Title : Commercializing university based research Self assembled nanomaterials for fighting COVID 19 inhibiting infection, killing cancer, and regenerating tissues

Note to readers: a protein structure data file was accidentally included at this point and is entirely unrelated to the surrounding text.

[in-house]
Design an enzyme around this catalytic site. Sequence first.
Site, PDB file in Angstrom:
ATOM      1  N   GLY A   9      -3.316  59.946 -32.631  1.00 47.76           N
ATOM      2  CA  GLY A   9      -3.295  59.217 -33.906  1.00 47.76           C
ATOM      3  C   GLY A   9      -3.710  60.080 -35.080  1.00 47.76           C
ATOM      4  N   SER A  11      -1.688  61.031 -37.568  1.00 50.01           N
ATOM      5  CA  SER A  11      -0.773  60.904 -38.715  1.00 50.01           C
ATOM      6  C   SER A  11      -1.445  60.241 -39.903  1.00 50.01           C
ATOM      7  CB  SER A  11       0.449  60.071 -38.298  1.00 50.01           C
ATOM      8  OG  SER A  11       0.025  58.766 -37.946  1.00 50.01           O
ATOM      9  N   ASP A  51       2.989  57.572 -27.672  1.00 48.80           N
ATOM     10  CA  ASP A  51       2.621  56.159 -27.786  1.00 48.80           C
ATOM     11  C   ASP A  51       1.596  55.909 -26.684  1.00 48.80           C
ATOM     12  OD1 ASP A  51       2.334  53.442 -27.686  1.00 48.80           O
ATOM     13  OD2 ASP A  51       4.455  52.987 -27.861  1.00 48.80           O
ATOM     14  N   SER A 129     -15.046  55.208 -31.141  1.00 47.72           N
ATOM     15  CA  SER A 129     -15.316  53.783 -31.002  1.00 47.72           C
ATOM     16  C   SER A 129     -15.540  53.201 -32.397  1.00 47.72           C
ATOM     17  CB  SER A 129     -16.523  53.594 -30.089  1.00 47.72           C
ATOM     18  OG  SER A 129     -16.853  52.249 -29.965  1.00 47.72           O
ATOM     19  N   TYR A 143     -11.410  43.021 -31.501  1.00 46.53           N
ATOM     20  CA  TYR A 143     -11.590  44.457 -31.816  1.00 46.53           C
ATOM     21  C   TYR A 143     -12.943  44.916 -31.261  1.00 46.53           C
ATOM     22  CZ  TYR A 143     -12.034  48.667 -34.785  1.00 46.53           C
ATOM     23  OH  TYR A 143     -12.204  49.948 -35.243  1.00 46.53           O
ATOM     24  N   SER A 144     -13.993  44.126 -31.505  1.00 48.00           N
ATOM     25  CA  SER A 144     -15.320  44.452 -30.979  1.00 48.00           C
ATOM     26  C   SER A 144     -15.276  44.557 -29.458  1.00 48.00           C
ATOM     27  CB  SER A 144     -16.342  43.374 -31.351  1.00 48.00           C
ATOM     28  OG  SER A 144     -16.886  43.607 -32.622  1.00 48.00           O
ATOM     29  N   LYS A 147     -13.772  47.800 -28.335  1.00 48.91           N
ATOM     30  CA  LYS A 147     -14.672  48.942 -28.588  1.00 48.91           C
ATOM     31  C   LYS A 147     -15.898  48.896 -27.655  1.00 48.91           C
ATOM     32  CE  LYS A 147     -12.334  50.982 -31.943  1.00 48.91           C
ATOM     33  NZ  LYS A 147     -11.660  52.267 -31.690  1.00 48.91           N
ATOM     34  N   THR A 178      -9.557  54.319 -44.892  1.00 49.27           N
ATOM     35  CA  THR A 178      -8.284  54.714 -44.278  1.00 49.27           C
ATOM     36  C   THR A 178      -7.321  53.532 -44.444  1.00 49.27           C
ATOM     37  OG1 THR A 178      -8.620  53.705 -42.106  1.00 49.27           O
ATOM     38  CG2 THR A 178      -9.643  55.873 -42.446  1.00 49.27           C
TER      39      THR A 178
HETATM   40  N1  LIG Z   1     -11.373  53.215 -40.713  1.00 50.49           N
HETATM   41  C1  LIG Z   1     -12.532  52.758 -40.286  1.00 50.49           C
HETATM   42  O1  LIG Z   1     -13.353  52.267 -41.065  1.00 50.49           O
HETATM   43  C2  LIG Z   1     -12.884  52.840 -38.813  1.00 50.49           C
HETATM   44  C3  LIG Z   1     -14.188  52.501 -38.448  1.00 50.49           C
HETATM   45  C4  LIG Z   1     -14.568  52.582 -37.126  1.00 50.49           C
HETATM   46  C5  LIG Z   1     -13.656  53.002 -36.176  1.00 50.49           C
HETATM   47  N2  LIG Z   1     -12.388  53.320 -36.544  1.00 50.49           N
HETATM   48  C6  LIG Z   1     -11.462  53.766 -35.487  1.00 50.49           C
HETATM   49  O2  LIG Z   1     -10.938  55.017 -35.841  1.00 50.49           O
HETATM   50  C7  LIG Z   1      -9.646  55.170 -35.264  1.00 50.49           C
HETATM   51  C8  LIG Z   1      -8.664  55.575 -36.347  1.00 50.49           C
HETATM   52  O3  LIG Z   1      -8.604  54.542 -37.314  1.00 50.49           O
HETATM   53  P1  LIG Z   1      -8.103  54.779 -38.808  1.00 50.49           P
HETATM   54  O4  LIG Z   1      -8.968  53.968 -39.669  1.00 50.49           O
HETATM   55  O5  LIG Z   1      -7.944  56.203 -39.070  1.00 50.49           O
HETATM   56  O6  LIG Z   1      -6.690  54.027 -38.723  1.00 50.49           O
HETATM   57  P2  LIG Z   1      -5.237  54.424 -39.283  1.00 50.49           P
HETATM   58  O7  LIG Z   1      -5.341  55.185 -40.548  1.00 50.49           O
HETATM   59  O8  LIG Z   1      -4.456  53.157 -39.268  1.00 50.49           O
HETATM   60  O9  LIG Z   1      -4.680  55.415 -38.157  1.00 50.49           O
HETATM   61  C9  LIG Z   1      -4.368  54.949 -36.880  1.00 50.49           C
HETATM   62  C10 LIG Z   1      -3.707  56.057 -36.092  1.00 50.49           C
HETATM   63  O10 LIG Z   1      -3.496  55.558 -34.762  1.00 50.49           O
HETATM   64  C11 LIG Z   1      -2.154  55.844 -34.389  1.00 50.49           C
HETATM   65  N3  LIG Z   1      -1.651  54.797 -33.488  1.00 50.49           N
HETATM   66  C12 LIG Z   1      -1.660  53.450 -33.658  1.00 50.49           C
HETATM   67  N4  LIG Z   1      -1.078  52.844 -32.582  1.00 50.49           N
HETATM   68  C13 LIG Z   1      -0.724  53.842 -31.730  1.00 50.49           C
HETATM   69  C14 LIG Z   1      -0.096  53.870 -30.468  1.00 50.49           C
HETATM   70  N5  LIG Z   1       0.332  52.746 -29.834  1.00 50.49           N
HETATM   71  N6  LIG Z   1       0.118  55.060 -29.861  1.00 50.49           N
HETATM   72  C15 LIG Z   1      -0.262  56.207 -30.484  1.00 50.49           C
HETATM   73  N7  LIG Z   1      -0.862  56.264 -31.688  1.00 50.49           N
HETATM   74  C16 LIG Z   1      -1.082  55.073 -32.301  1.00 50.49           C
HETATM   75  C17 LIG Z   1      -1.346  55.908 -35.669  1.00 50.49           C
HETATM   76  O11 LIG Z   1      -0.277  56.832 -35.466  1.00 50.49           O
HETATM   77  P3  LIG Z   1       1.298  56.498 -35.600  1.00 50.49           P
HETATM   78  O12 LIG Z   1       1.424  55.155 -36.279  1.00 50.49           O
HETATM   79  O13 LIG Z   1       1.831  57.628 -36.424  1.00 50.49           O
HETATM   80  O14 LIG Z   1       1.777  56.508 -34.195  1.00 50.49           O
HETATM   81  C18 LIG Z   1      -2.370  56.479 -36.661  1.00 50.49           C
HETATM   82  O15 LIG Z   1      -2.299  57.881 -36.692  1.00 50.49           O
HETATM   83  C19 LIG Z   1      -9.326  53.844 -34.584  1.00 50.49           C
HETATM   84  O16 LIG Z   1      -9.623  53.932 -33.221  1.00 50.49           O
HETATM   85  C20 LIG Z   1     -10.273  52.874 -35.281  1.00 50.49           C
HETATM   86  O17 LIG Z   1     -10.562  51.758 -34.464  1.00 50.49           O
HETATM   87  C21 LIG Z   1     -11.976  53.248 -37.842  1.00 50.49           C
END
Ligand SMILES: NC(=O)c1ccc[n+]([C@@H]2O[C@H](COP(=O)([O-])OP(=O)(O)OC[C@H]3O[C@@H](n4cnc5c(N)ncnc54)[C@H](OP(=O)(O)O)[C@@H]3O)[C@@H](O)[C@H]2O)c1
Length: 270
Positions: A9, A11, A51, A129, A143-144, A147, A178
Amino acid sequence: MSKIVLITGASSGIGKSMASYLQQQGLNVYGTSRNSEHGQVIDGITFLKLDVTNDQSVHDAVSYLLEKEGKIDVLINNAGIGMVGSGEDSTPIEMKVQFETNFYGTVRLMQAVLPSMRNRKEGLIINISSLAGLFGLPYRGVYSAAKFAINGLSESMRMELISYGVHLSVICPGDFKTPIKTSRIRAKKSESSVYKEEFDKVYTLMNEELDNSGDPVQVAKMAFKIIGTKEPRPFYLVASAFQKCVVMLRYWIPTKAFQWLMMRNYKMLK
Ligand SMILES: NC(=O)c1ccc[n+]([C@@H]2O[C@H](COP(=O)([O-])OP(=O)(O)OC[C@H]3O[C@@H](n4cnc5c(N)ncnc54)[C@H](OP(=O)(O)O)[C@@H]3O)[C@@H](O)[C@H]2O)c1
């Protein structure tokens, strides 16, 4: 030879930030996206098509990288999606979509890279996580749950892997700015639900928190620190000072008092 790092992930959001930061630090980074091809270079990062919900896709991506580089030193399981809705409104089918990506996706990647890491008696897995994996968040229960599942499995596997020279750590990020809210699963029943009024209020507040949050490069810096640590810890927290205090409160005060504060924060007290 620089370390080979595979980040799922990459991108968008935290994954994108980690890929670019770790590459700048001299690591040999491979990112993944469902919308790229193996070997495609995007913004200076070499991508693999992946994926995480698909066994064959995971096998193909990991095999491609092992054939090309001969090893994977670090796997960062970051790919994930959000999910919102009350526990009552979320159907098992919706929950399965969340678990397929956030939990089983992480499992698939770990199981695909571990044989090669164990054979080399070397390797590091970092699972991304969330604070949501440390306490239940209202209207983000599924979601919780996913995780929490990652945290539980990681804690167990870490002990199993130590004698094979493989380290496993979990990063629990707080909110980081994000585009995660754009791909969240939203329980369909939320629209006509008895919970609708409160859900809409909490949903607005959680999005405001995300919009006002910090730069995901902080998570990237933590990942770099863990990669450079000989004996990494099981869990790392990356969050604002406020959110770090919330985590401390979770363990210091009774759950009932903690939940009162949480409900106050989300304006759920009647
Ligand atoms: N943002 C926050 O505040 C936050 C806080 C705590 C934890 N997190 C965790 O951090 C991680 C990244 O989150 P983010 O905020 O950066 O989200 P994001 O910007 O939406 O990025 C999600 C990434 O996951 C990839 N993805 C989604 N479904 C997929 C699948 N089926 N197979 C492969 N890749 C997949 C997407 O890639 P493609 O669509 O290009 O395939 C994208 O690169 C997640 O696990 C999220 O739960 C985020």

Nanotechnology is now found in almost every aspect in life, from the liposomes that carry vaccines for COVID-19 to coatings placed on floors to reduce wear. Over the past 20 years, the use of nanotechnology in medicine has grown from the unknown to now significantly helping to prevent, diagnosis, and treat numerous diseases. Self-assembled materials have been synthesized using standard organic chemistry methods. All materials have been studied for their ability to attach to viruses (such as SARS-CoV-2) to keep the virus from replicating. Further, such materials have been used to fight infection, inhibit cancer cell growth, and improve tissue growth using standard in vivo and in vitro methods. For the self-assembled nanomaterials, one type of self-assembled nanomaterial composed of DNA base pairs has been the focus of our efforts to functionalize with specific peptides suitable for attaching to SARS-CoV-2 and all of its known variants. After binding to SARS-CoV-2, the self-assembled molecule inhibits SARS-CoV-2 binding to and entering mammalian cells keeping it from replicating. Moreover, these unique self-assembled nanomaterials have been functionalized with peptides to attach to and penetrate to kill gram-positive bacteria, gram-negative bacteria, and antibiotic-resistant bacteria. Further, these self-assembled nanomaterials were functionalized with peptides to attach to and kill cancer cells. Lastly, significant effort has been spent to functionalize these self-assembled nanomaterials with peptides to promote bone, cartilage, vascular, skin and other tissue growth. In vitro and in vivo studies will be presented as well as lessons learned trying to commercialize university-based research into real commercial products.